London-based, Russian-born curator and art advisor Daria Borisova has been making a name for herself in the art industry with her passion for discovering emerging talent and advocating for gender equality around the globe.
With her passion for discovering emerging talent and rediscovering renowned artists, Daria Borisova has proved to be a strong influence within the art world and has helped with growing the markets of many contemporary artists such as the late artist Richard Hambleton. In this process, Borisova has become a market specialist advising to her network of collectors.
Not only is she a big believer of young talent, Borisova is also a strong supporter of female empowerment movements and groups within the industry, frequently curating and orchestrating many art activations that supported women. As an active ambassador for the non-profit Beauty For Freedom, Borisova advocates for gender equality and promotes women artists. Borisova is also the global ambassador and curator for the non-profit organization “White Ribbon,” the world’s largest male initiative against domestic violence towards women. Known for her generous personality, she leads by the philosophy “Rise by raising others.”
Borisova is currently in Ukraine working on an exhibition presenting the late artist and human rights activist Alla Horska as part of White Ribbon’s annual initiative ‘16 Days of Activism Against Gender-Based Violence Towards Women and Girls.’ The exhibitions titled “Heroine” will be shown at three separate locations, including the Ukrainian Parliament, America House Kyiv and the Kuindzhi Museum of Modern Art in the city of Mariupol. The exhibitions opened on the 25th of November and will be on view until December 19th.
As a friend, colleague and enthusiast of her work, I scheduled a phone conversation with her to talk about her passion for art and rooting for the underdog.
Daria, you have been making big steps and successes within recent years, where did your journey into the art world start?
I was born in the countryside of Russia. It never occurred to me that art was something people with my background could participate in. My journey began while traveling the world, and I was introduced to art in a very casual manner. It was by visiting museums, opening exhibitions and meeting artists in their studios that I realized I wanted to be around art all day long. I started helping artists set up exhibitions and fundraising auctions for nonprofits and art residencies. Leaders in the industry started to ask for my opinion on artworks and artists. I was recognized for my eye without me even realizing. The rest is history!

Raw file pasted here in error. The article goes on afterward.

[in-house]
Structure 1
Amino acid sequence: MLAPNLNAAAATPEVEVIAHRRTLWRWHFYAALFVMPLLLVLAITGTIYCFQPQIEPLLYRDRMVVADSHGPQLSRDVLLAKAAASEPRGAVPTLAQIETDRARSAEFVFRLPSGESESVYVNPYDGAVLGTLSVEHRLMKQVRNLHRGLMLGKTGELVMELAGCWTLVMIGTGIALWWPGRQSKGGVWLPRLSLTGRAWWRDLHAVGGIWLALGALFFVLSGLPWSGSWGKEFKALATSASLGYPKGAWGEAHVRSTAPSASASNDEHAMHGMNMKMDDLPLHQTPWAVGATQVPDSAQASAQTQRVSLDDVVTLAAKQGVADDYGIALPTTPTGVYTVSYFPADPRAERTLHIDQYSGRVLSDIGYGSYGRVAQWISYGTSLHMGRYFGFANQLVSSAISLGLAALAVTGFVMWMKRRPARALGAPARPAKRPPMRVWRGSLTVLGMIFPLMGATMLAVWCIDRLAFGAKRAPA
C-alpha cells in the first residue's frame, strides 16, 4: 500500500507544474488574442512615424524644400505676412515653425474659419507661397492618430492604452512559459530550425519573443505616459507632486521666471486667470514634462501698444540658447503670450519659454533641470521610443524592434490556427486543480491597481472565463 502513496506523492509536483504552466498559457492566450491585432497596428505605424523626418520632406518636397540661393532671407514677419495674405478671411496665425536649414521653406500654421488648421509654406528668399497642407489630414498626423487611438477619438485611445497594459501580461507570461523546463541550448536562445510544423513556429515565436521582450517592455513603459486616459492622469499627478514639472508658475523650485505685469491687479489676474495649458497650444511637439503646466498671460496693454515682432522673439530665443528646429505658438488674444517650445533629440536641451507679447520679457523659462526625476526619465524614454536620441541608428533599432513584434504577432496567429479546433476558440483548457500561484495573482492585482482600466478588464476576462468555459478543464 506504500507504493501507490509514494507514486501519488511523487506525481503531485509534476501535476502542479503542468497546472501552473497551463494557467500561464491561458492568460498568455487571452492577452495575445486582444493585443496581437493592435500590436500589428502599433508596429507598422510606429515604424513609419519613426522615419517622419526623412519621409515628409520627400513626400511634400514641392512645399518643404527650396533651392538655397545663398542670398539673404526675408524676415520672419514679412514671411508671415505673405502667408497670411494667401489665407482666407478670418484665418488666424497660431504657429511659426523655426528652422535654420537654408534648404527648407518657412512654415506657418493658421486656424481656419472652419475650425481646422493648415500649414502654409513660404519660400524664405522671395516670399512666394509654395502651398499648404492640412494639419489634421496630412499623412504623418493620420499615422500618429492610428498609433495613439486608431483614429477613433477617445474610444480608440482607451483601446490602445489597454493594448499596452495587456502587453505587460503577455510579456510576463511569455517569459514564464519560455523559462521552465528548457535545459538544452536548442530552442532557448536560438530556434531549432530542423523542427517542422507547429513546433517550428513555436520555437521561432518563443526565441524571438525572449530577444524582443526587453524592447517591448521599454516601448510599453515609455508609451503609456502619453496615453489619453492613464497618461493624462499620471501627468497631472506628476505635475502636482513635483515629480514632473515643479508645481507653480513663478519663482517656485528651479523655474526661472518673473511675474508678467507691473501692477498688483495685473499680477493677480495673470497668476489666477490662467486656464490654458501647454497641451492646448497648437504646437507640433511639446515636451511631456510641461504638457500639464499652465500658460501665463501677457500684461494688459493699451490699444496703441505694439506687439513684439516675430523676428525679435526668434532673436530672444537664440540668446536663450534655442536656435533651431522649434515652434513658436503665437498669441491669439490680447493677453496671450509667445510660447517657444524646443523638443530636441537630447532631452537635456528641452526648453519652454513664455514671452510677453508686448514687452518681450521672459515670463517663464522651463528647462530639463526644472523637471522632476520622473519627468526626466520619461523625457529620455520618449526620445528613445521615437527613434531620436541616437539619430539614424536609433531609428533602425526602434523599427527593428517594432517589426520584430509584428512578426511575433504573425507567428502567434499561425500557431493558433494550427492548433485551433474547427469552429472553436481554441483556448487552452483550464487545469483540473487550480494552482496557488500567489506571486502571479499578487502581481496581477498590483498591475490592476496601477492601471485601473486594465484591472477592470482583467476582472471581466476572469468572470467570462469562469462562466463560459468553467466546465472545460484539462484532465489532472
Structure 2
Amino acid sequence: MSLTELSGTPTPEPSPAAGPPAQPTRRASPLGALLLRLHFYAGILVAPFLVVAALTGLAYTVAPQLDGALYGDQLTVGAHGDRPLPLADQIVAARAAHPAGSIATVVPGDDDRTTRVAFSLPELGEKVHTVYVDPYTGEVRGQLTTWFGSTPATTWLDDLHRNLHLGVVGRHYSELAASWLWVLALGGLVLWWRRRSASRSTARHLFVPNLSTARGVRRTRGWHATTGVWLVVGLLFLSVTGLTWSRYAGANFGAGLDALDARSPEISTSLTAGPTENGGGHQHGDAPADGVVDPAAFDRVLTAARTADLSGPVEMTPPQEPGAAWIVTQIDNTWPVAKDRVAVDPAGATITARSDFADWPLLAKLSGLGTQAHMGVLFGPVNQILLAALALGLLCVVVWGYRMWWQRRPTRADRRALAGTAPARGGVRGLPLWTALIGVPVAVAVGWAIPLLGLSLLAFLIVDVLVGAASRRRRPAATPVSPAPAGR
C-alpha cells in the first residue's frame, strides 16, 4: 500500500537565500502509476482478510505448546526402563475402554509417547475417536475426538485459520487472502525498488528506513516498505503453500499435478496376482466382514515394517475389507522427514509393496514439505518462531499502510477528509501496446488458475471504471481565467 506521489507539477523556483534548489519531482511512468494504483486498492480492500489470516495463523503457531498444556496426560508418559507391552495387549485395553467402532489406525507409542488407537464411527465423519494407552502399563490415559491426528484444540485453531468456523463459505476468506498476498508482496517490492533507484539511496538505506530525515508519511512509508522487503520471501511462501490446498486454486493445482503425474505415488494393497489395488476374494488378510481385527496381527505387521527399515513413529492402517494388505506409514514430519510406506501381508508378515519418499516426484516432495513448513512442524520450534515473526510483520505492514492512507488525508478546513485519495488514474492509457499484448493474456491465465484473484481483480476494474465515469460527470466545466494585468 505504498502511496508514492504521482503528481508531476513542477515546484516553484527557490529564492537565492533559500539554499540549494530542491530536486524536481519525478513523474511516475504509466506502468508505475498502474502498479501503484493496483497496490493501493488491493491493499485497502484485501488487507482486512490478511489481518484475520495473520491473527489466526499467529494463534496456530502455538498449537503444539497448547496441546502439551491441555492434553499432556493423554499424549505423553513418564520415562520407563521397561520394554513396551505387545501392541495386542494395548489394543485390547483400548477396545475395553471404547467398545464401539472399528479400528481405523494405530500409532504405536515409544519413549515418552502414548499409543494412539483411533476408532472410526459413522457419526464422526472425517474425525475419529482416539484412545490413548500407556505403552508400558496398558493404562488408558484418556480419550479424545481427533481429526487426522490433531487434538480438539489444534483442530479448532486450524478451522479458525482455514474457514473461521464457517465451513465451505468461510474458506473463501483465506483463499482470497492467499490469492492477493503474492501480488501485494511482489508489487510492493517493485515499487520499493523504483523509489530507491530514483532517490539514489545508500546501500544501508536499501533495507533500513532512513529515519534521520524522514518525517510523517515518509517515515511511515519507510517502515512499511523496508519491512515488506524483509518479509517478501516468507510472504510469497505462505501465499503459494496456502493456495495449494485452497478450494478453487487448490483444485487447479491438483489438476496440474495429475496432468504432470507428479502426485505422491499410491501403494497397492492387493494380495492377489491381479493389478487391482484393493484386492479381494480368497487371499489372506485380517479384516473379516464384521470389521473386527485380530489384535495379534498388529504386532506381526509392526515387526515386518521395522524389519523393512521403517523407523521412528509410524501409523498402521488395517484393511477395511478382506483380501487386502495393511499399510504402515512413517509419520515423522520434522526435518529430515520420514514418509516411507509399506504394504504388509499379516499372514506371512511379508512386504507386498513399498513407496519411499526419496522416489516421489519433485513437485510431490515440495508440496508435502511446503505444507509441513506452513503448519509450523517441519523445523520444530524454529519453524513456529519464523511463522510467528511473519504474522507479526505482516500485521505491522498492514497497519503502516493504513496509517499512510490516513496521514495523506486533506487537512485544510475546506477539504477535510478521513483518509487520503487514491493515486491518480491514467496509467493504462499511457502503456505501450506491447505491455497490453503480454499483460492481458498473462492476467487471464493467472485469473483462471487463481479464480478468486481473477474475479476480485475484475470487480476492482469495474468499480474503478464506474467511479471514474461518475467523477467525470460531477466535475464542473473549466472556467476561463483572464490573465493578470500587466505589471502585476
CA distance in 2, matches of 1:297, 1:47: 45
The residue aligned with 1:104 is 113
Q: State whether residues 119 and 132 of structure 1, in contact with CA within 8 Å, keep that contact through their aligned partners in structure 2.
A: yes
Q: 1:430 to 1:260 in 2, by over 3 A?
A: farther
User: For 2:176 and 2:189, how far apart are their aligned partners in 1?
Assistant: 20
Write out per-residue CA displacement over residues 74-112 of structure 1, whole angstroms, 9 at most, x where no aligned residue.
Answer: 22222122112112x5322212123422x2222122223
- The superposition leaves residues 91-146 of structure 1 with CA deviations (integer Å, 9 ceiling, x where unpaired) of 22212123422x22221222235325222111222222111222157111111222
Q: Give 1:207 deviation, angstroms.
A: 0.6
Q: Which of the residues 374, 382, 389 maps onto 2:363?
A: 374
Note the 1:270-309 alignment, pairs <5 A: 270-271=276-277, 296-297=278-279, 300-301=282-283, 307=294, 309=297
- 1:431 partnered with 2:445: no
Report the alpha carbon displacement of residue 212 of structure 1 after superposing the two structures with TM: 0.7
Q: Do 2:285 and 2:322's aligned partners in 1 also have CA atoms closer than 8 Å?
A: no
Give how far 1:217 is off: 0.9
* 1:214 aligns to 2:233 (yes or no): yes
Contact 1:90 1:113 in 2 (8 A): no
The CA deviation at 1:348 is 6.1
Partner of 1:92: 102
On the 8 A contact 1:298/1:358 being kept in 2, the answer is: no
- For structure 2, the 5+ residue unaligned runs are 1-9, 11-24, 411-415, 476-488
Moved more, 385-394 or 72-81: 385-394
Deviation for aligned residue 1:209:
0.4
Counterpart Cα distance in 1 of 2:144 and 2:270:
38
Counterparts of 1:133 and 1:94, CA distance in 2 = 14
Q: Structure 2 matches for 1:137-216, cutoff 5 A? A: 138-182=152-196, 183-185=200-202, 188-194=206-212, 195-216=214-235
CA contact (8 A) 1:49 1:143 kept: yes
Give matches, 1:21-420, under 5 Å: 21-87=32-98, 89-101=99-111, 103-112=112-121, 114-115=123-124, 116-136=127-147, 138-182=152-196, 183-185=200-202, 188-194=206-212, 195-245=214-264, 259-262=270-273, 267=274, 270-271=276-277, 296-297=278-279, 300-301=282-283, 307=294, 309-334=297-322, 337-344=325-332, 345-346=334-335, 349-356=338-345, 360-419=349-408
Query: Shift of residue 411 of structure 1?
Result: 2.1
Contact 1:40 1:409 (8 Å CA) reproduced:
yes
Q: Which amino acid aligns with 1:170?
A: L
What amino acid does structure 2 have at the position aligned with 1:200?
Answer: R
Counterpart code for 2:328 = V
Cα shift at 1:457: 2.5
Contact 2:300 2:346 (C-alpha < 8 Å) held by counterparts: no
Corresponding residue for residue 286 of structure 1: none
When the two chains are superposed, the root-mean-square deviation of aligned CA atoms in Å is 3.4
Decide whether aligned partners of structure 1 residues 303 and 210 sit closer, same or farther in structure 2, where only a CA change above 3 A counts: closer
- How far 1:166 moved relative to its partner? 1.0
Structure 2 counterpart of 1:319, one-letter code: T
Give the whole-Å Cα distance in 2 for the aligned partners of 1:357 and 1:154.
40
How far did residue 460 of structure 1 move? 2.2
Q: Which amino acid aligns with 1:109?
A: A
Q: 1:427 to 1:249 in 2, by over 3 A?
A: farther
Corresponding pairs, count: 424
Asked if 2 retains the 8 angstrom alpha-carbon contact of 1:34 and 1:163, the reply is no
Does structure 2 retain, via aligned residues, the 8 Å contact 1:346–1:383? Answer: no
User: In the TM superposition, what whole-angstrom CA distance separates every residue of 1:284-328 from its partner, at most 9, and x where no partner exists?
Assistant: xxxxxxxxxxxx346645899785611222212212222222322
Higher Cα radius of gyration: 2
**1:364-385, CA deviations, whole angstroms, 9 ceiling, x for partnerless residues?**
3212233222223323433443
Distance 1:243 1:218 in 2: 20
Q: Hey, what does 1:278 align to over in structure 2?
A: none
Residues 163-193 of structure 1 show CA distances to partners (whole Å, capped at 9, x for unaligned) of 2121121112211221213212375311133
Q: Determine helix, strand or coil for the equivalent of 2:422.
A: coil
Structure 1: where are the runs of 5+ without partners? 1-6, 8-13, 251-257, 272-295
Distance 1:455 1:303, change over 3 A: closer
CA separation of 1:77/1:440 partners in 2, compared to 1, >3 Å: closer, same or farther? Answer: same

What drove your passion for art?
I am not certain what it is, but I think the passion is an obsession. Ha! I am married to art! I think art provides audiences with a way to express emotions, relate to other human beings, create compassion, stimulate innovation. There are just so many reasons why art is essential to our society’s continued growth.
You are known for your great eye for good artwork and great talent. How do you know you are looking at a great painting?
It is a feeling–art needs to move you. I truly believe you have to be able to feel something, anything, when you look at an artwork.
Art is a way of expressing oneself. An expression of emotion. It needs to be honest and perhaps raw in that expression. As much as music can make people move, so can art. I really follow my instincts and my gut feelings. I need to get goosebumps for me to stay interested.
Can you take me through your thinking process? What are some actions you take when you encounter great talent?
I look at aesthetics first. When the work grabs my attention aesthetically I delve into the artists and their work. I gather as much information as I can. I love to study an artist’s life and practice. It never gets old!
As far as a common path of process, there really is none. When you work in art, your life generally becomes art. You find or get introduced to artists and their work through all channels- galleries, events, opening exhibitions, museum shows, studio visits or introductions by colleagues.
Where did your passion for supporting female artists and other women in the art industry come from?